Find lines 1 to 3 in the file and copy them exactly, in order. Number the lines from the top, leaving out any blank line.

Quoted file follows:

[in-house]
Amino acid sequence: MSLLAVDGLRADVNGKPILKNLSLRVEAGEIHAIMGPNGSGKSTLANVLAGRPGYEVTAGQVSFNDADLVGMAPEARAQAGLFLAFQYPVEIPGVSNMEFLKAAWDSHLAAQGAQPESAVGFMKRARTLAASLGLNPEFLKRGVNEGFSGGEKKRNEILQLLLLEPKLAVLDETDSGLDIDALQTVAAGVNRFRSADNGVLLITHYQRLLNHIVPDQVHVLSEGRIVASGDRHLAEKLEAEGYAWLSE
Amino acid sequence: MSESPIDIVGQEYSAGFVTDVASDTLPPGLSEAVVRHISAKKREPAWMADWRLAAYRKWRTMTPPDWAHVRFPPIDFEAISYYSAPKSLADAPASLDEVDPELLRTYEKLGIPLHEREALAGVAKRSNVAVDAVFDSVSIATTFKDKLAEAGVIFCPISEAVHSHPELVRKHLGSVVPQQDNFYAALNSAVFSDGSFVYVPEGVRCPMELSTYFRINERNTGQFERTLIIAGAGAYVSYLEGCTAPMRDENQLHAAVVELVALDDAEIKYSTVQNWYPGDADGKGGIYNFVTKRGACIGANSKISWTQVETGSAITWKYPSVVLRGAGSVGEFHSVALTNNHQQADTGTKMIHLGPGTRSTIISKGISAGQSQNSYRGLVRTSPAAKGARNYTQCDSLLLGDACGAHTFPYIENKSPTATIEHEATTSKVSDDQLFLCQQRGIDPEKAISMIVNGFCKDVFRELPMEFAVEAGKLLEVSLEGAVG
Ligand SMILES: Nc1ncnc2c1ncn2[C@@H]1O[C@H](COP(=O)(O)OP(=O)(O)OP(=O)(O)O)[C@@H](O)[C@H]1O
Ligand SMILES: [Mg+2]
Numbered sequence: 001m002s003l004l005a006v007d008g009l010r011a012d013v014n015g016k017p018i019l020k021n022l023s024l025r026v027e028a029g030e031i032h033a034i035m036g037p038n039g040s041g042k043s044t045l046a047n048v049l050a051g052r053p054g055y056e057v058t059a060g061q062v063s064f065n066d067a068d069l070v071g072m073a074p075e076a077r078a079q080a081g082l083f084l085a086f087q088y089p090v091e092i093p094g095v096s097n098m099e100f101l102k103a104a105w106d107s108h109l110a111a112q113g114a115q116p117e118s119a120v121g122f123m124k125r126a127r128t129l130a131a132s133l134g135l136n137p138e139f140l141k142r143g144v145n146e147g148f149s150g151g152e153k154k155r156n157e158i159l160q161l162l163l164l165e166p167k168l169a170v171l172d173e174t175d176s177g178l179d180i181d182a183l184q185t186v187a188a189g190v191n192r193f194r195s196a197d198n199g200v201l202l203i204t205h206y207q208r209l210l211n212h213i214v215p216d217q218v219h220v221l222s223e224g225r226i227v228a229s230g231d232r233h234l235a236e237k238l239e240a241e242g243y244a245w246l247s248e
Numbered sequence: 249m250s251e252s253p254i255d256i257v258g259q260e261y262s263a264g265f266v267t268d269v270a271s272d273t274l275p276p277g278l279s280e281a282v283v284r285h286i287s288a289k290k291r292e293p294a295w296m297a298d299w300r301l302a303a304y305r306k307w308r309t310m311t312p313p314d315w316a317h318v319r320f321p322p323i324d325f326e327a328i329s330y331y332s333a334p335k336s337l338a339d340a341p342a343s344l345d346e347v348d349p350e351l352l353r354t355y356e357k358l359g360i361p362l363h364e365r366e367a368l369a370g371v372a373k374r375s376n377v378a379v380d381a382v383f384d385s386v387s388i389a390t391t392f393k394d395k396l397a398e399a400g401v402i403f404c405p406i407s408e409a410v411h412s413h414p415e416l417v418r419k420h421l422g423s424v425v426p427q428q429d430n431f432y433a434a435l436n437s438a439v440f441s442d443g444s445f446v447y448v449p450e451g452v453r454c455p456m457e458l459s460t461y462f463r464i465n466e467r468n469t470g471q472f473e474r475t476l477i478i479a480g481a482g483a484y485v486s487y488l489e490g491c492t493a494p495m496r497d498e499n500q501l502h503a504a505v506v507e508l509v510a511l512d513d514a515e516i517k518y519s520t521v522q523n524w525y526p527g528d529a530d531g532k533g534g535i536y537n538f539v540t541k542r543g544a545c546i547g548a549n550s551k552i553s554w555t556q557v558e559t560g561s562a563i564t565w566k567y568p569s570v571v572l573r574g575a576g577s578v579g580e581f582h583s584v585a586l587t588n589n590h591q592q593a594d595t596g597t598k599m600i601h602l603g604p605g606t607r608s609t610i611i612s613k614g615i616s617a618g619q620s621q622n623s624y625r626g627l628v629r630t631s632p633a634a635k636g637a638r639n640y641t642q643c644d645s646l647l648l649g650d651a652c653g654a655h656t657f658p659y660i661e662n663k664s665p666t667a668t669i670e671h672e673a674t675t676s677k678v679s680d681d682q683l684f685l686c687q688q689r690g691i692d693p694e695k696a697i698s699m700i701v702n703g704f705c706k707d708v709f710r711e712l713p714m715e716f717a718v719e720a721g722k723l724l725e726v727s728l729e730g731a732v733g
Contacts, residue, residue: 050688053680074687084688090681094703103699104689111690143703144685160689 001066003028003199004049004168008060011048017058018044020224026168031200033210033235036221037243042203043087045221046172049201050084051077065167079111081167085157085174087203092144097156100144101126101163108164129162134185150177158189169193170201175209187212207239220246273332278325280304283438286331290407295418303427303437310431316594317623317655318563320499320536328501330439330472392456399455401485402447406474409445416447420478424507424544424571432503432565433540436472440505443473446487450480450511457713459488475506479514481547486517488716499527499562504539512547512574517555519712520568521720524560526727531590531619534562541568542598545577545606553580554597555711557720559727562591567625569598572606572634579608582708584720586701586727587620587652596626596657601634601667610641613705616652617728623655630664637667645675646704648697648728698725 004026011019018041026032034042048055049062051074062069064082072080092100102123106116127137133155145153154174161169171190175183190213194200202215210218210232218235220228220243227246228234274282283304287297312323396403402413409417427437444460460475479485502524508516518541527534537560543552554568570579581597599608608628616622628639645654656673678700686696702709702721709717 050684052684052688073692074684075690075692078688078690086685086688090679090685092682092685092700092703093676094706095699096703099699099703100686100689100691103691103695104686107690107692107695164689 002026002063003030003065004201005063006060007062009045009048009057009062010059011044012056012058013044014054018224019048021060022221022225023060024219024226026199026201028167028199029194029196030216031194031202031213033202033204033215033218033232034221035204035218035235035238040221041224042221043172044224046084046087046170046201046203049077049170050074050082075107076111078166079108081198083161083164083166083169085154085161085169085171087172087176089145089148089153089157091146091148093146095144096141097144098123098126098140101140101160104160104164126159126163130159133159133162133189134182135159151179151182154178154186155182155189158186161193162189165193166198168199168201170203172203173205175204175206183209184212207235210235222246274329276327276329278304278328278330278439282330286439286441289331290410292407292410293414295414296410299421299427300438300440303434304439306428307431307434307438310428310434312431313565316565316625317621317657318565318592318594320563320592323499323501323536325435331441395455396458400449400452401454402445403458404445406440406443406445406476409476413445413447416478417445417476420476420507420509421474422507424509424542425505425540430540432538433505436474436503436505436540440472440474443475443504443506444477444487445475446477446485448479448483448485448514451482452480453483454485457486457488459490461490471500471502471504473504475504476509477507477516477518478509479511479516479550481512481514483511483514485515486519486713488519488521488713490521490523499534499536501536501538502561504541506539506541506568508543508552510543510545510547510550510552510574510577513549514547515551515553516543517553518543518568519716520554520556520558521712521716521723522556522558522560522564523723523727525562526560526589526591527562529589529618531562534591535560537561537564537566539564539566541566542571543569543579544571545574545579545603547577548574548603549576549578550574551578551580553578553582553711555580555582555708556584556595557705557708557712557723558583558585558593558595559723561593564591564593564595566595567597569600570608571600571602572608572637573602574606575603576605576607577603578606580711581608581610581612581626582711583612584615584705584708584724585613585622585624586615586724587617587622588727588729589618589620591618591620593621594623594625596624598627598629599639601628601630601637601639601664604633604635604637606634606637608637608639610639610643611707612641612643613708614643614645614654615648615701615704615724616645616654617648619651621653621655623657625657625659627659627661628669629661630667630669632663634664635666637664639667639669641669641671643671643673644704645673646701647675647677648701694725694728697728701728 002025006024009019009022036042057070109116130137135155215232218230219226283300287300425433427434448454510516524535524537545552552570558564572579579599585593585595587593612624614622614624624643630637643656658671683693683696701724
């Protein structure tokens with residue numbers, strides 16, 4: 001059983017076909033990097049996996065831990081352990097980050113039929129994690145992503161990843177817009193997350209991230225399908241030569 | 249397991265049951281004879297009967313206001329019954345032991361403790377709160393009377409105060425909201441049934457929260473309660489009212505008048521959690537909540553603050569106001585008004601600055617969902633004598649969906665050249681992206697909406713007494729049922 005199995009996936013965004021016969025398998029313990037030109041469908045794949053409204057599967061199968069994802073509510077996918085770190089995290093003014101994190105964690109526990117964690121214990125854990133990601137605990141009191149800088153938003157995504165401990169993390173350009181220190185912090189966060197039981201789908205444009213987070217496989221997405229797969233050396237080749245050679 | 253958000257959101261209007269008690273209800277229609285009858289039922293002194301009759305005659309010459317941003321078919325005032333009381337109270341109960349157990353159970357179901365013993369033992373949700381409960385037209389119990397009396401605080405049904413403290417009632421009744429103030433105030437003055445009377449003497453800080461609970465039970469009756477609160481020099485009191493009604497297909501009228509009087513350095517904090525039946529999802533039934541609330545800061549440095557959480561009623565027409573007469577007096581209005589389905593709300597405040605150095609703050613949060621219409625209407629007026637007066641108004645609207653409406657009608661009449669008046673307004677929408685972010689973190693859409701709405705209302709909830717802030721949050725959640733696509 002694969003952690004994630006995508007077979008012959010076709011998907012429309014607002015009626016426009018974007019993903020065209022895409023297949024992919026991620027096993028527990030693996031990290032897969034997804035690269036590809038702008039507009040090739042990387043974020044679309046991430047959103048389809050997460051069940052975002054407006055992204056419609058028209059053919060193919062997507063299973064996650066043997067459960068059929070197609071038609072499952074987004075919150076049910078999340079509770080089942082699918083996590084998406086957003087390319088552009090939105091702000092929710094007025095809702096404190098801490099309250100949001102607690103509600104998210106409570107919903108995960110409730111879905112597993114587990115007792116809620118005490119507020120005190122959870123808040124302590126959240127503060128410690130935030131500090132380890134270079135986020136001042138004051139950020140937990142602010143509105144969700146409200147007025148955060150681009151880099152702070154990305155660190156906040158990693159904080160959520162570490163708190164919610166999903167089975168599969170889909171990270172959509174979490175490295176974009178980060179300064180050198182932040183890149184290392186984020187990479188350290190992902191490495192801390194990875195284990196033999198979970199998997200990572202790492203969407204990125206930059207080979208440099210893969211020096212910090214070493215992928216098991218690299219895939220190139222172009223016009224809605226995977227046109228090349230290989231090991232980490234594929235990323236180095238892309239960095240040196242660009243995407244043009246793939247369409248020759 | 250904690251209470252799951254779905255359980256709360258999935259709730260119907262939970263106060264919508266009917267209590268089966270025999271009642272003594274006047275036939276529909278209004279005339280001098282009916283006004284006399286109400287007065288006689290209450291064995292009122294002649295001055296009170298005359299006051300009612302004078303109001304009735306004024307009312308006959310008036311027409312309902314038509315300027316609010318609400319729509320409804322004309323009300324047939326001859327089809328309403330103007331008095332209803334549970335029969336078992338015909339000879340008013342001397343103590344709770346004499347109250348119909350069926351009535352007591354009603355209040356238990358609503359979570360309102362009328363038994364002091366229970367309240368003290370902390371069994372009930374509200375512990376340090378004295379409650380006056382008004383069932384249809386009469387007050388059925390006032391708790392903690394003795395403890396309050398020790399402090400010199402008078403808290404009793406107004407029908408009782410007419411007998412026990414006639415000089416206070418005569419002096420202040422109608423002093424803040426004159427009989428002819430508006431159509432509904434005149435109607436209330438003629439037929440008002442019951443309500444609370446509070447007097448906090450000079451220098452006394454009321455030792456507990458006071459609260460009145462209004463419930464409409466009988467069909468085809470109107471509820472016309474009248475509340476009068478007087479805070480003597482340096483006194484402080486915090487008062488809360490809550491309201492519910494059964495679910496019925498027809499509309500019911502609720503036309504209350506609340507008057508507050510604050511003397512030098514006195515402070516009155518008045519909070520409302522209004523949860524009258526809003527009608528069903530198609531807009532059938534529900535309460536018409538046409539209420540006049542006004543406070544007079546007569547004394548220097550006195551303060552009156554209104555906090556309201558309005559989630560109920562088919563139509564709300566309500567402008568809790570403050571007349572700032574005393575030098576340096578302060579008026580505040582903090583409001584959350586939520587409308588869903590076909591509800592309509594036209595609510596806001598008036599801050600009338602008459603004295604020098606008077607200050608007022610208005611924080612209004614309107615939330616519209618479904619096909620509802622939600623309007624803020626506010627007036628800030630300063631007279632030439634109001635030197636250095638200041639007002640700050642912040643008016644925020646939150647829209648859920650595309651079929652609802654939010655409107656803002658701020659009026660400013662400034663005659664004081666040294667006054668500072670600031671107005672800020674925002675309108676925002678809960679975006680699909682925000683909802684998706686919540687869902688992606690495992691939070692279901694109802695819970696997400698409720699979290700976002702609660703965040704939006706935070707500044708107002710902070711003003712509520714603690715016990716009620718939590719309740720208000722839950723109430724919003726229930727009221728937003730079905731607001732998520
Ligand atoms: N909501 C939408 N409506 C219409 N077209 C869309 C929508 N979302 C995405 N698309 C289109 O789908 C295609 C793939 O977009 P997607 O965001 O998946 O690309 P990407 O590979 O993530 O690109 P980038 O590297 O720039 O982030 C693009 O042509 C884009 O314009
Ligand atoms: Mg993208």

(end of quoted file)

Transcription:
[in-house]
Amino acid sequence: MSLLAVDGLRADVNGKPILKNLSLRVEAGEIHAIMGPNGSGKSTLANVLAGRPGYEVTAGQVSFNDADLVGMAPEARAQAGLFLAFQYPVEIPGVSNMEFLKAAWDSHLAAQGAQPESAVGFMKRARTLAASLGLNPEFLKRGVNEGFSGGEKKRNEILQLLLLEPKLAVLDETDSGLDIDALQTVAAGVNRFRSADNGVLLITHYQRLLNHIVPDQVHVLSEGRIVASGDRHLAEKLEAEGYAWLSE
Amino acid sequence: MSESPIDIVGQEYSAGFVTDVASDTLPPGLSEAVVRHISAKKREPAWMADWRLAAYRKWRTMTPPDWAHVRFPPIDFEAISYYSAPKSLADAPASLDEVDPELLRTYEKLGIPLHEREALAGVAKRSNVAVDAVFDSVSIATTFKDKLAEAGVIFCPISEAVHSHPELVRKHLGSVVPQQDNFYAALNSAVFSDGSFVYVPEGVRCPMELSTYFRINERNTGQFERTLIIAGAGAYVSYLEGCTAPMRDENQLHAAVVELVALDDAEIKYSTVQNWYPGDADGKGGIYNFVTKRGACIGANSKISWTQVETGSAITWKYPSVVLRGAGSVGEFHSVALTNNHQQADTGTKMIHLGPGTRSTIISKGISAGQSQNSYRGLVRTSPAAKGARNYTQCDSLLLGDACGAHTFPYIENKSPTATIEHEATTSKVSDDQLFLCQQRGIDPEKAISMIVNGFCKDVFRELPMEFAVEAGKLLEVSLEGAVG